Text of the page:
Giffnock veterinary surgeon shares how to spot rabbit pain
September 14, 2022
Just like many animals, rabbits are notorious for being able to hide pain and illness very well. Many symptoms of pain or illness are difficult to spot as rabbit owners, but there are a few common signs you can look out for to monitor any changes in their health.
With September being Animal Pain Awareness Month, the team at Rouken Glen Vets have some advice for rabbit owners on how to spot common rabbit health concerns at home in between annual and 6-monthly vet checks.
If you have any concerns about your rabbit’s health right now, call us for advice on 0141 620 2580.
9 common signs of aches and pains in your rabbit
Vet Richard Black at our Giffnock practice lists common signs that may show your rabbit is in pain below:
- Sudden changes in appetite, may refuse to eat
- Teeth grinding
- Depression and lack of interest
- Reduced faecal matter
- Increase in Caecotrophs present (Dark sticky poops)
- Respiratory changes
- Behaviour changes
- Discharge from eyes
- Head tilt
These symptoms could be due to a variety of issues. For example, your rabbit may have chronic joint pain, tummy pain, dental pain, or many other diseases or injuries.
Richard explains that you should not overlook any symptoms whatever age your pet is, especially as rabbits can become poorly very quickly when they stop eating. This is because rabbits must continuously graze to help keep their gut healthy. If pain reduces their appetite this will affect their gut health and cause them to become more unwell.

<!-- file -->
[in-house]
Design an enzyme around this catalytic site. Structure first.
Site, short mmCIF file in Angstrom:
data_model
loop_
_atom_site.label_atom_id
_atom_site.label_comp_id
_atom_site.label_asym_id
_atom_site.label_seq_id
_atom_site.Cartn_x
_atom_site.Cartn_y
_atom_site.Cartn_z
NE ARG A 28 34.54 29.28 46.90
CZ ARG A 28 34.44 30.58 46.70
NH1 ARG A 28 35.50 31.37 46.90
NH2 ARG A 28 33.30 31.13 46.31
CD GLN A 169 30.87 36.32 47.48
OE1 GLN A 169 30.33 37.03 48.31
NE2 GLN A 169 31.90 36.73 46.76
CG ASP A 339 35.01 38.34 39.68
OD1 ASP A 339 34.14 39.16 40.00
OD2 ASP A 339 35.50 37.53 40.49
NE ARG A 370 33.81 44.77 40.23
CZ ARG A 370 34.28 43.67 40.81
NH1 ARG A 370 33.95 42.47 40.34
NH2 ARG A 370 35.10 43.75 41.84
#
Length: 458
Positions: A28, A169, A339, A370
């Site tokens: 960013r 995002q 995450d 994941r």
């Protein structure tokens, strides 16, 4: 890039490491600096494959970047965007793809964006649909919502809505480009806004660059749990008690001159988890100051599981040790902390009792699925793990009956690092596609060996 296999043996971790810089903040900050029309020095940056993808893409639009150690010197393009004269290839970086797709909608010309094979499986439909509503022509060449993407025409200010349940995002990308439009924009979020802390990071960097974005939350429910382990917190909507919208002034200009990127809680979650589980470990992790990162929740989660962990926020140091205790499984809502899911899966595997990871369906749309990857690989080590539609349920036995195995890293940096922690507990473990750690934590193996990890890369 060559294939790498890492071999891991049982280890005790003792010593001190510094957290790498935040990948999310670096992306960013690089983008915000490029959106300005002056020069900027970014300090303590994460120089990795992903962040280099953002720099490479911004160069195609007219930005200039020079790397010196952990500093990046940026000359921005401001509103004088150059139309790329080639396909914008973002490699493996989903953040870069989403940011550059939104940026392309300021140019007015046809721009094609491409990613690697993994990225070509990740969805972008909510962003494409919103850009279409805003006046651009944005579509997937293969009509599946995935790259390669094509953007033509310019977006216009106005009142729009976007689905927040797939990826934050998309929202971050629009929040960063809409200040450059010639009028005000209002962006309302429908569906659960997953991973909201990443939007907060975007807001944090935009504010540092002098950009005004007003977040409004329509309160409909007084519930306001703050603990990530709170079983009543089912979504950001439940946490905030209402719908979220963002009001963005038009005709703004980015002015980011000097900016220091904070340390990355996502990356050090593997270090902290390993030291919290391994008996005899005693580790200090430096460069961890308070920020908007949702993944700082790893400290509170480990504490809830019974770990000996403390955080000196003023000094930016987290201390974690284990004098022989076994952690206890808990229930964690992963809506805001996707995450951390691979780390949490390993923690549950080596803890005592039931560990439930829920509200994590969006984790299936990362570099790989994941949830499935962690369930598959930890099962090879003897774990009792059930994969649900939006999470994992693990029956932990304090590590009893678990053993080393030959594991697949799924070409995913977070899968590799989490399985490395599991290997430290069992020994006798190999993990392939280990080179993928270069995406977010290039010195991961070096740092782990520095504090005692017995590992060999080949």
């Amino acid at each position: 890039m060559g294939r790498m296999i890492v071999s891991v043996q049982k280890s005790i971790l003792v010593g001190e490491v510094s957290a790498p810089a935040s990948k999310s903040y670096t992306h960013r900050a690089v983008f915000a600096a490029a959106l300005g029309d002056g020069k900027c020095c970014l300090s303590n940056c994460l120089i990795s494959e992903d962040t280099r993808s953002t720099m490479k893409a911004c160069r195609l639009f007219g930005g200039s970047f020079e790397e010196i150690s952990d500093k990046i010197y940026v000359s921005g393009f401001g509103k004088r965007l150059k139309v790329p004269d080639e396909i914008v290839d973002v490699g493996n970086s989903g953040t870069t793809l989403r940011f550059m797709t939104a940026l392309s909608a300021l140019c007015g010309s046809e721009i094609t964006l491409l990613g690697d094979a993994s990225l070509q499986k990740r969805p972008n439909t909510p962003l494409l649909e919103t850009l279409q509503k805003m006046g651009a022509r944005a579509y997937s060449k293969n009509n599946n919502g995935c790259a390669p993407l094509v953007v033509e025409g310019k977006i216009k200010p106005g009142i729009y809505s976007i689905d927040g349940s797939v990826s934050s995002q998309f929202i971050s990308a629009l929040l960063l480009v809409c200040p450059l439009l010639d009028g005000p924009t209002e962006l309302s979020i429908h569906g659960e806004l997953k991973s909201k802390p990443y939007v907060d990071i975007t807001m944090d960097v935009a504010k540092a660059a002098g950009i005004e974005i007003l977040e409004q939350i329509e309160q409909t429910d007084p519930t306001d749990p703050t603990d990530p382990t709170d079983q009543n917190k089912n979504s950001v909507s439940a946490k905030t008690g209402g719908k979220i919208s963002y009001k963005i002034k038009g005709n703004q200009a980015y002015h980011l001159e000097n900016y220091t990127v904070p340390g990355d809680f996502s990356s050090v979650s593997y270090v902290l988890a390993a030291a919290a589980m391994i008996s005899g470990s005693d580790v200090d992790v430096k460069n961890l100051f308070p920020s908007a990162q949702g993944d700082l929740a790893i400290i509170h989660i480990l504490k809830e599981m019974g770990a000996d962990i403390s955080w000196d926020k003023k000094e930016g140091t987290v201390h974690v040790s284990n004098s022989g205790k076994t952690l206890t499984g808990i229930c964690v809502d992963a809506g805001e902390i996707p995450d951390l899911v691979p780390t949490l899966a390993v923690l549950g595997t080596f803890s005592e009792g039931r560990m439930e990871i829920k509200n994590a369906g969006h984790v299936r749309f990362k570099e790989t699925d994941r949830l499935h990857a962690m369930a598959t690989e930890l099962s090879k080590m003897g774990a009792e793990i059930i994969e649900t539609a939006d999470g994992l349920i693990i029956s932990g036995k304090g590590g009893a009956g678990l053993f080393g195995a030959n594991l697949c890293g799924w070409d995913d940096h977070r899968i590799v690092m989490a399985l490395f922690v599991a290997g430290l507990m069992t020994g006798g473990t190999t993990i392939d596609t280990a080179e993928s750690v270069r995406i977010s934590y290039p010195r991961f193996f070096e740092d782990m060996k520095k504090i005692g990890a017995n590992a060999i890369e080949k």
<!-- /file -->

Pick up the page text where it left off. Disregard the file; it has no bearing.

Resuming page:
By regularly checking over your rabbit at home, you can help monitor for changes but also learn what is normal for them. Richard advises performing this short Rabbit Checklist below regularly at home to spot any irregularities:
6-point Rabbit Checklist
- Nose – clean, clear, and subtly moist.
- Eyes – bright and clear; no discharge or redness around the eyes.
- Mouth – healthy looking teeth with no breakages, overgrowth, or sharp spurs.
- Ears – clean and clear with no discharge, swelling, nasty smells, or constantly scratching.
- Coat/skin – shiny healthy coat with no dandruff, parasites, bald patches, lumps, or bumps. Well-groomed with no faeces stuck to their coat or wet patches from urine.
- Weight – healthy lean weight.
If you spot any changes on your rabbit that you are concerned about, it is best to get them checked by Richard or any of the Vets at our Rouken Glen Road surgery. The chances are it is something simple, but it is better to get it looked at and get your rabbit the treatment they need.